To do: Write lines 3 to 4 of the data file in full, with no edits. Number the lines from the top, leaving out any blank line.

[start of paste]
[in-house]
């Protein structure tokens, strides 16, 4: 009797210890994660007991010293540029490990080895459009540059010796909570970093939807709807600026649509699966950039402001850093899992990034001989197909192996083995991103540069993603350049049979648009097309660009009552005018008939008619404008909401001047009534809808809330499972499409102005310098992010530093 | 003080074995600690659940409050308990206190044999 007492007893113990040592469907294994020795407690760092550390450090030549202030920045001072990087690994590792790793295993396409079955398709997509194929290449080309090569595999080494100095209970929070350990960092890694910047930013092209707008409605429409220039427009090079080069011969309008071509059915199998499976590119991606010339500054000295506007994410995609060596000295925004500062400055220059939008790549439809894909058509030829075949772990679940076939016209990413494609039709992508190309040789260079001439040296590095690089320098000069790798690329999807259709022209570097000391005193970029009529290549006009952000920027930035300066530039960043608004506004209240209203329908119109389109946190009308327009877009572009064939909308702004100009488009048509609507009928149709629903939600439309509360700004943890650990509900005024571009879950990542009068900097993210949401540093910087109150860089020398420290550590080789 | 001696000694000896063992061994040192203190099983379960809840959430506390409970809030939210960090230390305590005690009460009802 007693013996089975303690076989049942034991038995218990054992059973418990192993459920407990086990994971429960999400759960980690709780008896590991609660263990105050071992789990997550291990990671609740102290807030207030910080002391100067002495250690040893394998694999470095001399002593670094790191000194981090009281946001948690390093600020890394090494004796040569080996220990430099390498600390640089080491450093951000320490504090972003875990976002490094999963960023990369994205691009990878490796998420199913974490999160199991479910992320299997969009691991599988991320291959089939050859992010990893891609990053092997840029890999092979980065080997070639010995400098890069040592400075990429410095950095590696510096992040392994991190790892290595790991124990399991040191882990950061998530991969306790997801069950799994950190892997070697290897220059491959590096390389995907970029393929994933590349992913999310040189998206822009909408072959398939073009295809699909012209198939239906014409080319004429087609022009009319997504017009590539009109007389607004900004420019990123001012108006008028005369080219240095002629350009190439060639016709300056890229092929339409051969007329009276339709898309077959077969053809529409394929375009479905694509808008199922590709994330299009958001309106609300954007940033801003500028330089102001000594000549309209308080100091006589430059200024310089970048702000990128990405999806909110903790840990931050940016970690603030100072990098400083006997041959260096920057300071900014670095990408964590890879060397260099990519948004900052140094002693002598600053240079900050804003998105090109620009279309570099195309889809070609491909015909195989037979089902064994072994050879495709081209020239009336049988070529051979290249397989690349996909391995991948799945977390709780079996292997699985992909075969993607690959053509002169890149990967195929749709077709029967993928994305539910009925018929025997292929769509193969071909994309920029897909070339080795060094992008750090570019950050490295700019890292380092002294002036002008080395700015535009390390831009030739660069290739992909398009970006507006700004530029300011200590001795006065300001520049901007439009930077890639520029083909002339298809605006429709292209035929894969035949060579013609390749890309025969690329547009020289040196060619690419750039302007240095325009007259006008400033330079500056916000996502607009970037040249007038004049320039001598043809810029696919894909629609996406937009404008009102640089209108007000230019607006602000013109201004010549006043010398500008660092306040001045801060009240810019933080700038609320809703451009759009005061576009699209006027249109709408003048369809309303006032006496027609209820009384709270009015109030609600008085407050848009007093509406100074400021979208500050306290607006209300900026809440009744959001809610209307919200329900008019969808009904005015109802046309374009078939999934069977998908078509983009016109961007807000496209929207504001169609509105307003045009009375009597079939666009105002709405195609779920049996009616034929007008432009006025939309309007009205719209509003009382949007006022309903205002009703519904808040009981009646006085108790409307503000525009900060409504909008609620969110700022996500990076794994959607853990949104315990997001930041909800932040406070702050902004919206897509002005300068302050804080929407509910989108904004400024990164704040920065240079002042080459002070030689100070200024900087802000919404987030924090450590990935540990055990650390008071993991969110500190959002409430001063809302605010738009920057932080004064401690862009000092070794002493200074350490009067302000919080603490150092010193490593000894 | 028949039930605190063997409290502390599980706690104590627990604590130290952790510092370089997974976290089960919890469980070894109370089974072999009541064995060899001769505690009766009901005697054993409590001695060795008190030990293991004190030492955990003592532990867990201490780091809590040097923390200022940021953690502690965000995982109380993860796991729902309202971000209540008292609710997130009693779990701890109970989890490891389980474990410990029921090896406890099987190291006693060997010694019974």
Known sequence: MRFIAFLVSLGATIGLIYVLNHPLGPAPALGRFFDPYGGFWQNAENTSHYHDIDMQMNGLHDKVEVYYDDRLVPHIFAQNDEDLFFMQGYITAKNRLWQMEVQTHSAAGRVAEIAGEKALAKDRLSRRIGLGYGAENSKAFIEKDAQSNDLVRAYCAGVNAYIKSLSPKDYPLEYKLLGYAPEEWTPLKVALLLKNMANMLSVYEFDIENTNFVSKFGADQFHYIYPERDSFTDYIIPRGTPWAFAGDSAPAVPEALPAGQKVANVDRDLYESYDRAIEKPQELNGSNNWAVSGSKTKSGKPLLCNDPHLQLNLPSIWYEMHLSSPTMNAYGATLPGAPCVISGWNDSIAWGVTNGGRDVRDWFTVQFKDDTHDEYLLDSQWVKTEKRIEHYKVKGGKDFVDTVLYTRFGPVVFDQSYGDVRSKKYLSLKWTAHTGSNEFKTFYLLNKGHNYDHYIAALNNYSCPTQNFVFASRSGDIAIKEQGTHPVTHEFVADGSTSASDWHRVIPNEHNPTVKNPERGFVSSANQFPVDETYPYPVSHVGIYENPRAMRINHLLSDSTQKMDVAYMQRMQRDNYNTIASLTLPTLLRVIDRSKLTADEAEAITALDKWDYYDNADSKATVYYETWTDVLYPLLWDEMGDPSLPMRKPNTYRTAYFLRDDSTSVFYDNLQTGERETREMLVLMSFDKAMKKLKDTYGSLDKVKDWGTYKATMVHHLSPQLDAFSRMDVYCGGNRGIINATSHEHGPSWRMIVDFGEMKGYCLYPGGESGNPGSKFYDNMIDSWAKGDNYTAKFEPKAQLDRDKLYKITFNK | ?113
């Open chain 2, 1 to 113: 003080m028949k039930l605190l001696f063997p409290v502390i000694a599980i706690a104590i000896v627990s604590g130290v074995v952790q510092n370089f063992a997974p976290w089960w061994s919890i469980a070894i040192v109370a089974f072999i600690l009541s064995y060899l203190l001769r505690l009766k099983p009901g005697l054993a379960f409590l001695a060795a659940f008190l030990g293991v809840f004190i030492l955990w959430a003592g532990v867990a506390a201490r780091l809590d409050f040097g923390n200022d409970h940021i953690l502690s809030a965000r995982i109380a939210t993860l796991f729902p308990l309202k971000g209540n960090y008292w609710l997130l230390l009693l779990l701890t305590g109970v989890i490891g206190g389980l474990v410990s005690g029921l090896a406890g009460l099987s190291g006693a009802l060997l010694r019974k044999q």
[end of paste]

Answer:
Known sequence: MRFIAFLVSLGATIGLIYVLNHPLGPAPALGRFFDPYGGFWQNAENTSHYHDIDMQMNGLHDKVEVYYDDRLVPHIFAQNDEDLFFMQGYITAKNRLWQMEVQTHSAAGRVAEIAGEKALAKDRLSRRIGLGYGAENSKAFIEKDAQSNDLVRAYCAGVNAYIKSLSPKDYPLEYKLLGYAPEEWTPLKVALLLKNMANMLSVYEFDIENTNFVSKFGADQFHYIYPERDSFTDYIIPRGTPWAFAGDSAPAVPEALPAGQKVANVDRDLYESYDRAIEKPQELNGSNNWAVSGSKTKSGKPLLCNDPHLQLNLPSIWYEMHLSSPTMNAYGATLPGAPCVISGWNDSIAWGVTNGGRDVRDWFTVQFKDDTHDEYLLDSQWVKTEKRIEHYKVKGGKDFVDTVLYTRFGPVVFDQSYGDVRSKKYLSLKWTAHTGSNEFKTFYLLNKGHNYDHYIAALNNYSCPTQNFVFASRSGDIAIKEQGTHPVTHEFVADGSTSASDWHRVIPNEHNPTVKNPERGFVSSANQFPVDETYPYPVSHVGIYENPRAMRINHLLSDSTQKMDVAYMQRMQRDNYNTIASLTLPTLLRVIDRSKLTADEAEAITALDKWDYYDNADSKATVYYETWTDVLYPLLWDEMGDPSLPMRKPNTYRTAYFLRDDSTSVFYDNLQTGERETREMLVLMSFDKAMKKLKDTYGSLDKVKDWGTYKATMVHHLSPQLDAFSRMDVYCGGNRGIINATSHEHGPSWRMIVDFGEMKGYCLYPGGESGNPGSKFYDNMIDSWAKGDNYTAKFEPKAQLDRDKLYKITFNK | ?113
């Open chain 2, 1 to 113: 003080m028949k039930l605190l001696f063997p409290v502390i000694a599980i706690a104590i000896v627990s604590g130290v074995v952790q510092n370089f063992a997974p976290w089960w061994s919890i469980a070894i040192v109370a089974f072999i600690l009541s064995y060899l203190l001769r505690l009766k099983p009901g005697l054993a379960f409590l001695a060795a659940f008190l030990g293991v809840f004190i030492l955990w959430a003592g532990v867990a506390a201490r780091l809590d409050f040097g923390n200022d409970h940021i953690l502690s809030a965000r995982i109380a939210t993860l796991f729902p308990l309202k971000g209540n960090y008292w609710l997130l230390l009693l779990l701890t305590g109970v989890i490891g206190g389980l474990v410990s005690g029921l090896a406890g009460l099987s190291g006693a009802l060997l010694r019974k044999q």